You may need to follow a special diet while using Cuprimine. Follow all instructions of your doctor or dietitian. Learn about the foods to eat or avoid to help control your condition.
If you do stop taking Cuprimine for any reason, do not start taking it again until you talk to your doctor.
Store at room temperature away from moisture and heat. Keep the bottle tightly closed when not in use.
What happens if I miss a dose?
Take the medicine as soon as you can, but skip the missed dose if it is almost time for your next dose. Do not take two doses at one time.
What happens if I overdose?
Seek emergency medical attention or call the Poison Help line at 1-800-222-1222.
What should I avoid while taking Cuprimine?
Avoid taking other medicines at the same time you take Cuprimine. If you take an iron supplement, take it at least 2 hours before or 2 hours after you take this medicine. Iron can make it harder for your body to absorb this medicine.
Avoid taking mineral supplements, unless your doctor tells you to.
If you have Wilson's disease, avoid eating nuts, chocolate, molasses, liver, shellfish, mushrooms, broccoli, and cereals that are fortified with copper. Also avoid taking mineral supplements that contain copper. If your drinking water supply contains more than 0.1 mg of copper per liter, you may need to drink distilled or demineralized water.
Cuprimine side effects
Get emergency medical help if you have signs of an allergic reaction: hives, rash; swollen glands; difficult breathing; swelling of your face, lips, tongue, or throat.
Cuprimine may cause serious side effects. Call your doctor at once if you have:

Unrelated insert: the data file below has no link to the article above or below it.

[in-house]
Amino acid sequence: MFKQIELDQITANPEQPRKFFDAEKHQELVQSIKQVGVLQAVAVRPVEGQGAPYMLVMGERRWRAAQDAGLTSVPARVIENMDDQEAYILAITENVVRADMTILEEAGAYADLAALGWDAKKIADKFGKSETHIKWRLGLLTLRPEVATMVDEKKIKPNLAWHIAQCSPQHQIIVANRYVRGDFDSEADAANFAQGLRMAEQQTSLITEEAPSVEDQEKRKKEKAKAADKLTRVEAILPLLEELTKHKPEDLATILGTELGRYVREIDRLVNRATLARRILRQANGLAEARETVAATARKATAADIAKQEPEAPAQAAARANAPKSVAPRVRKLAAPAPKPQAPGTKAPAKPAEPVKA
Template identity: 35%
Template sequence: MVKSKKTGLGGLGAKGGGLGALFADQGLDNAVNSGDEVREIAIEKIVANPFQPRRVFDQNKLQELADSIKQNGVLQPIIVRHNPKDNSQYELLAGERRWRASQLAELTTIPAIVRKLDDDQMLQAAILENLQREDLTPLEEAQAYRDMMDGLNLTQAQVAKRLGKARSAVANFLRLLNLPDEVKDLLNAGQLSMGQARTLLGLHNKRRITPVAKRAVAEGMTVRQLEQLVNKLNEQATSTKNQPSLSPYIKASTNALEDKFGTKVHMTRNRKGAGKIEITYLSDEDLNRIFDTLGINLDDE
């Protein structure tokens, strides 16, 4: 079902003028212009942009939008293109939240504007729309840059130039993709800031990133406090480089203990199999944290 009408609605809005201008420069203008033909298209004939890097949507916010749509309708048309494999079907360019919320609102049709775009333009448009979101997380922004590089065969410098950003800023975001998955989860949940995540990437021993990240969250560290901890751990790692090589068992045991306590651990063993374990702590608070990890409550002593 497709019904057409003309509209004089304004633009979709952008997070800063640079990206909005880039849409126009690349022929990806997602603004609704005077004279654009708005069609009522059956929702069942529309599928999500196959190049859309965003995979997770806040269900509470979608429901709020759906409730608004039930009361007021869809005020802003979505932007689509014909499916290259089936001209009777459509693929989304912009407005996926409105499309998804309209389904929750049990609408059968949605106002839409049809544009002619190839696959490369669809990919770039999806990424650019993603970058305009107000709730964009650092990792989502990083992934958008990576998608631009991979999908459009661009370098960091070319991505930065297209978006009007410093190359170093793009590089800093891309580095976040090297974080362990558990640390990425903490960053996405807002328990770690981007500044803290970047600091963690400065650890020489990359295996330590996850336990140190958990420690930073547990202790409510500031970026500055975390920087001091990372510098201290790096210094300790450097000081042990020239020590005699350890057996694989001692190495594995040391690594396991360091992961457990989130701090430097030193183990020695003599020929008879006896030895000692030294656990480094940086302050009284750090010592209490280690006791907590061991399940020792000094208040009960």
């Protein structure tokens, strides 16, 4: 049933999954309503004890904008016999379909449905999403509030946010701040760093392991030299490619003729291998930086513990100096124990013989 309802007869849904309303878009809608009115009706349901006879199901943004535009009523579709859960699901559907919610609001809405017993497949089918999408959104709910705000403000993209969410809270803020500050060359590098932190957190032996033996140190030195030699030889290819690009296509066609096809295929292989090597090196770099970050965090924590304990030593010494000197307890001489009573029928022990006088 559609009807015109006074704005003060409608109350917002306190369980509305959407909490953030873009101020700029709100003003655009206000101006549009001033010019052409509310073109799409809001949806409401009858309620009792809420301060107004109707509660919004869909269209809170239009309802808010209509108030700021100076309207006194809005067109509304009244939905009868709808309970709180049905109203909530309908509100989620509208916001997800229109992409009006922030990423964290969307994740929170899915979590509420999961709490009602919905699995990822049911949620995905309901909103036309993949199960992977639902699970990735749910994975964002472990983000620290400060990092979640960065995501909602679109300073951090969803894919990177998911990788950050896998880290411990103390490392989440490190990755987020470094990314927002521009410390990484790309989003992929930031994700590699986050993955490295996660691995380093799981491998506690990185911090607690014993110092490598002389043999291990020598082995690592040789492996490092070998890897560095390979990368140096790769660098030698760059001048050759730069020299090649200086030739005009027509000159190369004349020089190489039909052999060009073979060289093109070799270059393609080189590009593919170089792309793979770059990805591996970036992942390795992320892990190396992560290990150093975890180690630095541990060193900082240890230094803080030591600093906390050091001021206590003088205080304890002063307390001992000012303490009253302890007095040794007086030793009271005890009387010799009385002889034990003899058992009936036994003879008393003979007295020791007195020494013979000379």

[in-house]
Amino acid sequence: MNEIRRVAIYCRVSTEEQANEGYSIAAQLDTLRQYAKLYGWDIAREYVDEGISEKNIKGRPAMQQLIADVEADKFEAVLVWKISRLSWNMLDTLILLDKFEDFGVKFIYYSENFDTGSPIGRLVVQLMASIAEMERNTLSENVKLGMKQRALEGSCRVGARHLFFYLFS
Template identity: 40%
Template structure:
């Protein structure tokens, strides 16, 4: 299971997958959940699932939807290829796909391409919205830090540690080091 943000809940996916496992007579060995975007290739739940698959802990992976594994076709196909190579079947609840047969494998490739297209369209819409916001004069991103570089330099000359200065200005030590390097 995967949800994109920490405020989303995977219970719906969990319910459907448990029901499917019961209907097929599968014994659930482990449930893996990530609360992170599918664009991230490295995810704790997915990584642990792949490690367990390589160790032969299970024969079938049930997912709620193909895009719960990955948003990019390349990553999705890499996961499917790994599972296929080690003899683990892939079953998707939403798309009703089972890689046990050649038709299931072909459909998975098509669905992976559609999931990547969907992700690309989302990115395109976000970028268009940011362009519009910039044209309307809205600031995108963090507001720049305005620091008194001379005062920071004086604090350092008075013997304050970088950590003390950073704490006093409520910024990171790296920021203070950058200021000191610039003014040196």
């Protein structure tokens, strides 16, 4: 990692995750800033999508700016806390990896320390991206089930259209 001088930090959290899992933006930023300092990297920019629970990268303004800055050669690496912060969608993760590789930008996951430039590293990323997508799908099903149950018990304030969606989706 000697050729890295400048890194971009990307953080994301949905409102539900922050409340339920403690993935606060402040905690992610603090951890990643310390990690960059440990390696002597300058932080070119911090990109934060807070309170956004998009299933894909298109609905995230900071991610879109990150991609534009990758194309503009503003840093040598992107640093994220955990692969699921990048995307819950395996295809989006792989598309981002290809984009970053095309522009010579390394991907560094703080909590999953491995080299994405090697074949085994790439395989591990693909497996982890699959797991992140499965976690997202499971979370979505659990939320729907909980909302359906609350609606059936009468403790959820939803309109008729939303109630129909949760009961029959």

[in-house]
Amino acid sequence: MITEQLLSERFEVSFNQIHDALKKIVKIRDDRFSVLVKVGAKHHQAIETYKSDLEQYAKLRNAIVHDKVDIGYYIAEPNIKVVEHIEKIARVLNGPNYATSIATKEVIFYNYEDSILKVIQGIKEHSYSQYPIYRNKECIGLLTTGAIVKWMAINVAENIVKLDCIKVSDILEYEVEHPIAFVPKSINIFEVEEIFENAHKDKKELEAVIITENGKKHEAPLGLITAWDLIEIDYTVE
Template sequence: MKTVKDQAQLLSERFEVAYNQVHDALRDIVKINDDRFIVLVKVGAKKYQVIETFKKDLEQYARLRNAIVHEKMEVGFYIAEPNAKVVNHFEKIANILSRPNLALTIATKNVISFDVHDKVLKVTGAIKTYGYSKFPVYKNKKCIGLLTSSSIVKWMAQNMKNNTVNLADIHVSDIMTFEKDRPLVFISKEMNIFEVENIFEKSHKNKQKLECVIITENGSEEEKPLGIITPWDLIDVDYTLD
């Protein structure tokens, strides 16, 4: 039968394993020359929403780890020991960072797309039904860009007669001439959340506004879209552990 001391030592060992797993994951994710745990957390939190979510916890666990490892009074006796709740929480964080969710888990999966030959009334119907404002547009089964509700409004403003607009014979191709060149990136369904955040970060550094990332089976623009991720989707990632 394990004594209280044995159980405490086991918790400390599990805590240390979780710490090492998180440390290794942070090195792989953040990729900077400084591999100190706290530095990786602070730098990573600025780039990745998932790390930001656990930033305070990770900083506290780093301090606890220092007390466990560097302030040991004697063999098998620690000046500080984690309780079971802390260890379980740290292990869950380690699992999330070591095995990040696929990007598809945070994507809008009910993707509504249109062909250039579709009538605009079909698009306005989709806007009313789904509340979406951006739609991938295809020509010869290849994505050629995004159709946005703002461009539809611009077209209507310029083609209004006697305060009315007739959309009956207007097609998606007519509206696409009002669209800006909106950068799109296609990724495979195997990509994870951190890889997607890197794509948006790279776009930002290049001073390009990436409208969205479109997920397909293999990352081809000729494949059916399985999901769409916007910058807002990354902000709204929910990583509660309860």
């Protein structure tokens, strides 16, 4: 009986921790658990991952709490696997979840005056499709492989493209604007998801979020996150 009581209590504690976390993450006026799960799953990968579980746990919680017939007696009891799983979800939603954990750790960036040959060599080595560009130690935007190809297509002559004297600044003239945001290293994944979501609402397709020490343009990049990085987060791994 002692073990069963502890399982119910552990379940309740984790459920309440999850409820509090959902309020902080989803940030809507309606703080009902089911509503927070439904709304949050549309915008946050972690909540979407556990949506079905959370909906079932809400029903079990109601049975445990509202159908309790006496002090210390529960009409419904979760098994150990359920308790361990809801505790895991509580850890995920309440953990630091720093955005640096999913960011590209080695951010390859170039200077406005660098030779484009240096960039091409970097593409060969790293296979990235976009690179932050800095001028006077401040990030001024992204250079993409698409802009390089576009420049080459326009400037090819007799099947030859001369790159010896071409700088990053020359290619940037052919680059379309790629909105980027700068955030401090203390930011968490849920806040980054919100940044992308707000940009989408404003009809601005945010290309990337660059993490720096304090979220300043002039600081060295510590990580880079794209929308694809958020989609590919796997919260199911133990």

new or worsening joint pain;
muscle weakness in your arms and legs;
muscle weakness in your face, drooping eyelids, double vision, trouble chewing or swallowing;
blisters or ulcers in your mouth, red or swollen gums, trouble swallowing;
skin rash, peeling, or watery blisters;
pain or burning when you urinate, foamy or bloody urine, lower back pain;
swelling in your hands, legs, and feet; or
low blood cell counts--fever, chills, tiredness, skin sores, easy bruising, unusual bleeding, pale skin, cold hands and feet, feeling light-headed or short of breath.
Common side effects of Cuprimine may include:
decreased sense of taste;
skin changes such as wrinkling or pimples;
numbness or tingly feeling;
ringing in your ears; or
a wound that will not heal.
This is not a complete list of side effects and others may occur. Call your doctor for medical advice about side effects. You may report side effects to FDA at 1-800-FDA-1088.
What other drugs will affect Cuprimine?
Other drugs may affect Cuprimine, including prescription and over-the-counter medicines, vitamins, and herbal products. Tell your doctor about all your current medicines and any medicine you start or stop using.
Where can I get more information?
Remember, keep this and all other medicines out of the reach of children, never share your medicines with others, and use this medication only for the indication prescribed.